Watch this episode on YouTube:
Listen to this episode on Soundcloud:
I recently started working with a company, and they told me that paying taxes is 100% my responsibility. They said I’m considered an “Independent Contractor.” I’m a bit confused as to what this actually means and what I have to do for taxes.
When you enter into the “random job” world, you may find that not only can you get traditional employee work, but you might also score a few “independent contractor” gigs as well. It’s important to know the difference when it comes to keeping track of your business.
The IRS website has three different Common Law Rules to help make the distinction:
“Behavioral: Does the company control or have the right to control what the worker does and how the worker does his or her job? (If so, the worker most likely is an “employee”)
Financial: Are the business aspects of the worker’s job controlled by the payer? (These include things like how worker is paid, whether expenses are reimbursed, who provides tools/supplies, etc.) (If so, the worker most likely is an “employee”)
Type of Relationship: Are there written contracts or employee type benefits (i.e. pension plan, insurance, vacation pay, etc.)? Will the relationship continue and is the work performed a key aspect of the business?” (If so, the worker most likely is an “employee”)
The nice thing about working for someone as an employee is that your life, in terms of taxes and responsibilities, is pretty straightforward. You go to work, you punch a clock, you get a paycheck that automatically calculates your taxes, and generally when you file your returns, you get some money back from the government.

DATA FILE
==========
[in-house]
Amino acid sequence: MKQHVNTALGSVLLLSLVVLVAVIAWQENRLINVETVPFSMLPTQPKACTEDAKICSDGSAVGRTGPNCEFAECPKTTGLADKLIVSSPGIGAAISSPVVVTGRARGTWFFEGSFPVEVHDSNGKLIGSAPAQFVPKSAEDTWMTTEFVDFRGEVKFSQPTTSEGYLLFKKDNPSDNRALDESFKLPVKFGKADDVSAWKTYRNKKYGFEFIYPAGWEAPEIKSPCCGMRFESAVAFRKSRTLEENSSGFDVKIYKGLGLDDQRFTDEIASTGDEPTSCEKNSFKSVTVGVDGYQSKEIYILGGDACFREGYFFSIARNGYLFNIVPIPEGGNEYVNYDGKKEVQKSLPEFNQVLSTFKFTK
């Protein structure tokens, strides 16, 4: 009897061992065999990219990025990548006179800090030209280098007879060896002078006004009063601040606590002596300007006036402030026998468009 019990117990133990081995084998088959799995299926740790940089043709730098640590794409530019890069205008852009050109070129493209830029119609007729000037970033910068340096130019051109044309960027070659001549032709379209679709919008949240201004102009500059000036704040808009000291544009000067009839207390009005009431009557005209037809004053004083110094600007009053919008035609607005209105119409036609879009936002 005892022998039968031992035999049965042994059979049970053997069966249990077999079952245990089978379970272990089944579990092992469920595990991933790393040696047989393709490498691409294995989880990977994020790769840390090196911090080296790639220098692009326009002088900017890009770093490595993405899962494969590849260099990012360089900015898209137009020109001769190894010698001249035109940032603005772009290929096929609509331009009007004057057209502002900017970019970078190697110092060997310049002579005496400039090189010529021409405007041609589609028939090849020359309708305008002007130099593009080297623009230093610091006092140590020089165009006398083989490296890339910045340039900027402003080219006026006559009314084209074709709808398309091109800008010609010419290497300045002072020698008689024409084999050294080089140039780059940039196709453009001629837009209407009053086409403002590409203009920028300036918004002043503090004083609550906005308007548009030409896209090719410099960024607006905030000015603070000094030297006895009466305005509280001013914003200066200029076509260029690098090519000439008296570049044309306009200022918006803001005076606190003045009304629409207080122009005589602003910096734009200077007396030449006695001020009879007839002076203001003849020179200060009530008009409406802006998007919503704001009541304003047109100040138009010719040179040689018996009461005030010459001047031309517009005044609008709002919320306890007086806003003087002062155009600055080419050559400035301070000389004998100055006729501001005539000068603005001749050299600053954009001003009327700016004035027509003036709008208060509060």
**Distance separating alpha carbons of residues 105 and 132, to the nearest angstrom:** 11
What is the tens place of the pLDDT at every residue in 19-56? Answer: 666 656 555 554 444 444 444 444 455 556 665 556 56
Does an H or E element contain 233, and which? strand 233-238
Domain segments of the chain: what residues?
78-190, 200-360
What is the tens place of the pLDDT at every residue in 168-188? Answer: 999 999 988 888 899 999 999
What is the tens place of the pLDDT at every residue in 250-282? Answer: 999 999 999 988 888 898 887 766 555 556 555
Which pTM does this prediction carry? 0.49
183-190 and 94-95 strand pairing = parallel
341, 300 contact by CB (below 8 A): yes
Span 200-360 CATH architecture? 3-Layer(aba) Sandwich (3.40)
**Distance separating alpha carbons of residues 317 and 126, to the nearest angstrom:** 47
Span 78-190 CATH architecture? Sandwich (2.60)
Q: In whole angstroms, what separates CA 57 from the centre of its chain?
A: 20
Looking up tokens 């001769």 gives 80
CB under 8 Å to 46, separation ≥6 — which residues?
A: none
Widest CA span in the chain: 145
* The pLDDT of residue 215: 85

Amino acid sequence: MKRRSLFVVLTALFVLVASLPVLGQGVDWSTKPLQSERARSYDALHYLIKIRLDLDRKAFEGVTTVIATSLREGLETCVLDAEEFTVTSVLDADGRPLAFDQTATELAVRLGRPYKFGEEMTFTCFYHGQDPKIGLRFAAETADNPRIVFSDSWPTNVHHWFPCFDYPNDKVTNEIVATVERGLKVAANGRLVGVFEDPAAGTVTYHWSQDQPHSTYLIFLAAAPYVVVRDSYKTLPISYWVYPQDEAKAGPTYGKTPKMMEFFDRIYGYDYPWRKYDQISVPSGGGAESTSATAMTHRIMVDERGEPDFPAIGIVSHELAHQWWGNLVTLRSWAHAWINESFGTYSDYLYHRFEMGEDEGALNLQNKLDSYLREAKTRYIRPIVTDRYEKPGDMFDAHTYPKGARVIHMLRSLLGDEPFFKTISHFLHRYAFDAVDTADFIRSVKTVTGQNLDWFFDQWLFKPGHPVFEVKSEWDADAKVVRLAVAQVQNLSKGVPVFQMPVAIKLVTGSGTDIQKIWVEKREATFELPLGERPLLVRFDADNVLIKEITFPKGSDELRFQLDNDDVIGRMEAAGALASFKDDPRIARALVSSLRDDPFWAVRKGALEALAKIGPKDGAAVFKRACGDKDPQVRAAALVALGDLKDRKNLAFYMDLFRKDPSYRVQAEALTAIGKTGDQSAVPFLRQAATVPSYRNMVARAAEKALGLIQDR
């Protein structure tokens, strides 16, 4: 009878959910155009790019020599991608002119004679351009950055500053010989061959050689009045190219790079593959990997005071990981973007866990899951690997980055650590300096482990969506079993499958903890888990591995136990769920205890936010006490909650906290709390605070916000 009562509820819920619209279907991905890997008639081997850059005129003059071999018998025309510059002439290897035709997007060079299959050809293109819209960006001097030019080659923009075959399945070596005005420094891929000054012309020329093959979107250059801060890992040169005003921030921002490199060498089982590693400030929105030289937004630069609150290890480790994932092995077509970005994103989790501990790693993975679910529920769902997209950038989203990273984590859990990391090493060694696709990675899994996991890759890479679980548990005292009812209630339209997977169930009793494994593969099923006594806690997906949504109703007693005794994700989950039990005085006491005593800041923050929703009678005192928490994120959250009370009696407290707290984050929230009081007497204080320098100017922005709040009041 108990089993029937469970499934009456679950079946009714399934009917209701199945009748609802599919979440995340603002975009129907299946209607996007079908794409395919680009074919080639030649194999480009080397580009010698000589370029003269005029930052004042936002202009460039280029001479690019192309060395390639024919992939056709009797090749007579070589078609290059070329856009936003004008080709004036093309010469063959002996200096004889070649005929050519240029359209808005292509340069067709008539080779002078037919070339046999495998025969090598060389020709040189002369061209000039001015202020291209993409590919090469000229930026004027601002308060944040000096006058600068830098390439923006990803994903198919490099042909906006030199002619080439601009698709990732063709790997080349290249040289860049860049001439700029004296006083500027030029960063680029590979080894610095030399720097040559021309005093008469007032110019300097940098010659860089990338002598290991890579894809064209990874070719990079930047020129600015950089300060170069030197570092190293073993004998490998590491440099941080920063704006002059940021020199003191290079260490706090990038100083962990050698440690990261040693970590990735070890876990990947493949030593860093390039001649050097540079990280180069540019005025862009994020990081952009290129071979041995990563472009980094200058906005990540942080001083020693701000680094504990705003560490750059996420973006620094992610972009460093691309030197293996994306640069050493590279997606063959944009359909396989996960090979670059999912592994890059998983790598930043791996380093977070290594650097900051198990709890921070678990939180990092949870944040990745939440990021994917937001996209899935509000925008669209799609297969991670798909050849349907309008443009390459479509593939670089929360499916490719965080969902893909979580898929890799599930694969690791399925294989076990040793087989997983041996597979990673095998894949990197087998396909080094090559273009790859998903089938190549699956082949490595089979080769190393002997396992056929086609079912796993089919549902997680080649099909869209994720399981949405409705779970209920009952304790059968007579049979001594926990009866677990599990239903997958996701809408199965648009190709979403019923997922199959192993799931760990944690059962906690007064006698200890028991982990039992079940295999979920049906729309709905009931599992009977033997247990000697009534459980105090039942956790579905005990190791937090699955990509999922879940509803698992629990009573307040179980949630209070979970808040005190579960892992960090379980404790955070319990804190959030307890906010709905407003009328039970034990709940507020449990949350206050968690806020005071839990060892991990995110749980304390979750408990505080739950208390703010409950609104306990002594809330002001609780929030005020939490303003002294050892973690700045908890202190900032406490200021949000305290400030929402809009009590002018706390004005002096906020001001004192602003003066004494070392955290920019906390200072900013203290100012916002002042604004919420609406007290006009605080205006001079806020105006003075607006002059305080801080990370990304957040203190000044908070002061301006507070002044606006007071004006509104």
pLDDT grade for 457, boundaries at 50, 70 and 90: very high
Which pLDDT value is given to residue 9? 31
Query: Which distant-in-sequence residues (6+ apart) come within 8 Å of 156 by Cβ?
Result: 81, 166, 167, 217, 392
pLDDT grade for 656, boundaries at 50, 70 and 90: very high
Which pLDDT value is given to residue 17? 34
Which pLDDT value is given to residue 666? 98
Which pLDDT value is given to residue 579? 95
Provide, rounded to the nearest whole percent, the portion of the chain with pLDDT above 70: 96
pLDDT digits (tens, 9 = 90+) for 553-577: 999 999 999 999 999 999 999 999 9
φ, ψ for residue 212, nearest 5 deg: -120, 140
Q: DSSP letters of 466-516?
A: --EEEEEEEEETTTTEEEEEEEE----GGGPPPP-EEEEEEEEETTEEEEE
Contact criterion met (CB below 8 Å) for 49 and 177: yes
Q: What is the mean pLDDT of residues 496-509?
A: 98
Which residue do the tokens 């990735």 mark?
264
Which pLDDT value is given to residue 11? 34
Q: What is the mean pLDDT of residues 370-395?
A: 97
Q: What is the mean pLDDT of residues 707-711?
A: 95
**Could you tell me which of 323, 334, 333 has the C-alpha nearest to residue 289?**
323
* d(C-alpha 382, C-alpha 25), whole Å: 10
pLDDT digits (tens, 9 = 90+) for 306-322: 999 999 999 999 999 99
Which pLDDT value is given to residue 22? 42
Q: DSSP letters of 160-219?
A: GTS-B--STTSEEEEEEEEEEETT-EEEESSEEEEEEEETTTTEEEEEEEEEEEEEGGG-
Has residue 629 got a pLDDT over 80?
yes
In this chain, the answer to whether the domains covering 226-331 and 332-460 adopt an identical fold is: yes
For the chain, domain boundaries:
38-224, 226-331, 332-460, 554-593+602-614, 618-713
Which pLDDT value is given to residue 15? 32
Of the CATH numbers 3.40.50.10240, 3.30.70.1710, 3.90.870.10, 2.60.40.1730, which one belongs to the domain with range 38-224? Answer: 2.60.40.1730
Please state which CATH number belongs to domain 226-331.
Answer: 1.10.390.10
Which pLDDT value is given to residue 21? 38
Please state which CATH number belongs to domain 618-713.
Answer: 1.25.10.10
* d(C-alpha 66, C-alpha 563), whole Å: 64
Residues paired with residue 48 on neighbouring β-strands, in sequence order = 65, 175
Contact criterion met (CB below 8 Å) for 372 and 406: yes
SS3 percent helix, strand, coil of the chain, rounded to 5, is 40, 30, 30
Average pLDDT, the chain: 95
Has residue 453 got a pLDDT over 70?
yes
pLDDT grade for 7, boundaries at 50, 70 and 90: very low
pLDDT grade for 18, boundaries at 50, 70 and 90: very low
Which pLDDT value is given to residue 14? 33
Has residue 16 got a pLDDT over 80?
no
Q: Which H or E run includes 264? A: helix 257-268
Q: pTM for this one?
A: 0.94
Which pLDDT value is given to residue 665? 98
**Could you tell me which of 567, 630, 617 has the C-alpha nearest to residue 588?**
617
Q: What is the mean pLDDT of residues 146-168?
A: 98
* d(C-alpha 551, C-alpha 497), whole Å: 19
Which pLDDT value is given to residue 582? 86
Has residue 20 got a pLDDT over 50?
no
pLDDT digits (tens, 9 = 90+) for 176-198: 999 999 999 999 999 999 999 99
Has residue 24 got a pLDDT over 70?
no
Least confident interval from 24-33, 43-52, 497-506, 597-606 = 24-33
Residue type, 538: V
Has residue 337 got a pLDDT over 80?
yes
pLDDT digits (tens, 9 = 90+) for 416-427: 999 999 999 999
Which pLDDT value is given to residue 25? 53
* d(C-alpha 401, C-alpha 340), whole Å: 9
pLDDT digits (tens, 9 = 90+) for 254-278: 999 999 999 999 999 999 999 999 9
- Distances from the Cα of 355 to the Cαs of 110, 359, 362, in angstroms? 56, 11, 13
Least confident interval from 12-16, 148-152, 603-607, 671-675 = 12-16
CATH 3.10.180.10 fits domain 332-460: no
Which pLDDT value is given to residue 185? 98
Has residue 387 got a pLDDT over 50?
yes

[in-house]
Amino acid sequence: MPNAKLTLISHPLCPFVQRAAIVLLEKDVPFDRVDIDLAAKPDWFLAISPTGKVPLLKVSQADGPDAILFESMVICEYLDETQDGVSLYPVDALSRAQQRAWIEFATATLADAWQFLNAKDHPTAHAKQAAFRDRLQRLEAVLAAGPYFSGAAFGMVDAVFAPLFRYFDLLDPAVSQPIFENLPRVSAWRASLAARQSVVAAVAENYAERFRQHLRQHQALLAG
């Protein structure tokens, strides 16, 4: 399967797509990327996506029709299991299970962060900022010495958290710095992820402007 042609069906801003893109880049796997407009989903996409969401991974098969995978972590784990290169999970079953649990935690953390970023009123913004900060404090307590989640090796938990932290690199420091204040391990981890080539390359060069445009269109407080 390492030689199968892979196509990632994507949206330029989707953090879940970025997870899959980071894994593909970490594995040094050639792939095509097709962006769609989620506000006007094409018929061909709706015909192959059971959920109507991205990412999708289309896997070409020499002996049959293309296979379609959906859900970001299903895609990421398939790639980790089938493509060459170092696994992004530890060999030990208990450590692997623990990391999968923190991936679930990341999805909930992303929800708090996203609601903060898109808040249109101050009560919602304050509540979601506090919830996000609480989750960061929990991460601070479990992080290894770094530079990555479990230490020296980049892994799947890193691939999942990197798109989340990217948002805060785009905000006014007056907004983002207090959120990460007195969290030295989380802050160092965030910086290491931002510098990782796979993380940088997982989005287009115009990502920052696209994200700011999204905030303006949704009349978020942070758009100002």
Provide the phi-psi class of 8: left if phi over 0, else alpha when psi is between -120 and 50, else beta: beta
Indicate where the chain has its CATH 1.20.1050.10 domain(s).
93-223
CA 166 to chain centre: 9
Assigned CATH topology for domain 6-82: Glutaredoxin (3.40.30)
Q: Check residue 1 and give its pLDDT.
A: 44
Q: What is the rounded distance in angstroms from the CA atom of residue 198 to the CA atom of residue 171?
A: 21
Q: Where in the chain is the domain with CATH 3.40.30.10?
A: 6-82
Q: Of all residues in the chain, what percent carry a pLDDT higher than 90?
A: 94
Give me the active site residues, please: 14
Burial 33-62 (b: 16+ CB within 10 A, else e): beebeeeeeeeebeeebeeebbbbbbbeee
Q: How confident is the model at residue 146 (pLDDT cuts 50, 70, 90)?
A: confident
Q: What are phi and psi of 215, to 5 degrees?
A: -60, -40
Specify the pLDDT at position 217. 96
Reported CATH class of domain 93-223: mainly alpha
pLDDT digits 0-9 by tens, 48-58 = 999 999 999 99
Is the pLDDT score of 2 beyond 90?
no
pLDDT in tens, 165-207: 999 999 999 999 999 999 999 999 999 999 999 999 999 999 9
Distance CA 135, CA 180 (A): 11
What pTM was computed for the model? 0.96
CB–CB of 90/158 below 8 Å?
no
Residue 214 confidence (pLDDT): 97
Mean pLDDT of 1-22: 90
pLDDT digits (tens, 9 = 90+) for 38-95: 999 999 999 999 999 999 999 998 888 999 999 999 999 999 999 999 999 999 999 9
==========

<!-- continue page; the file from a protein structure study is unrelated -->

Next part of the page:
Being an independent contractor means that not only are you the employee, who needs to do the day-to-day work of the business, but you are also considered to be the business OWNER, so you’re responsible for tax deductions, sales taxes, licensing, marketing, and keeping track of the logistics of things. It’s worth it, however, if you’re able to establish a good base of revenue to keep you from succumbing to the cubicle lifestyle.
If the company you’re working for classifies you as an Independent Contractor, essentially, that means you’re self-employed. You can deduct all of your expenses related to your business which will help offset your tax liability. Expenses may include your Internet service, the depreciation on your computer, any special software or tools you need to buy, any mileage for traveling you need to do, etc. Check with a reputable tax attorney (you can find assistance through your local SCORE office,) to make sure that you’re doing everything you can to be in compliance with the rules and regulations in your state. You may want to look into getting an EIN (a tax ID for your business) so you can separate your business income from the income you earn with your SSN. It may seem a bit overwhelming at first, but over time you’ll get used to the requirements.
Even though there is a little extra organization and paperwork required to be an Independent Contractor, it absolutely is worth it to have the freedom to work whenever and wherever you want!
Disclaimer: Links to products and services throughout the website, videos, and blog may or may not contain affiliate links. This means, we may or may not earn a small commission from sales originating through this website. We would not recommend any product that we wouldn’t use ourselves, regardless of whether we earn commission or not.
Additionally, while we adhere to strict standards of editorial integrity to help you make decisions with confidence, the content provided is a means to educate and inform and should not be a substitution for professional advice for your specific situation.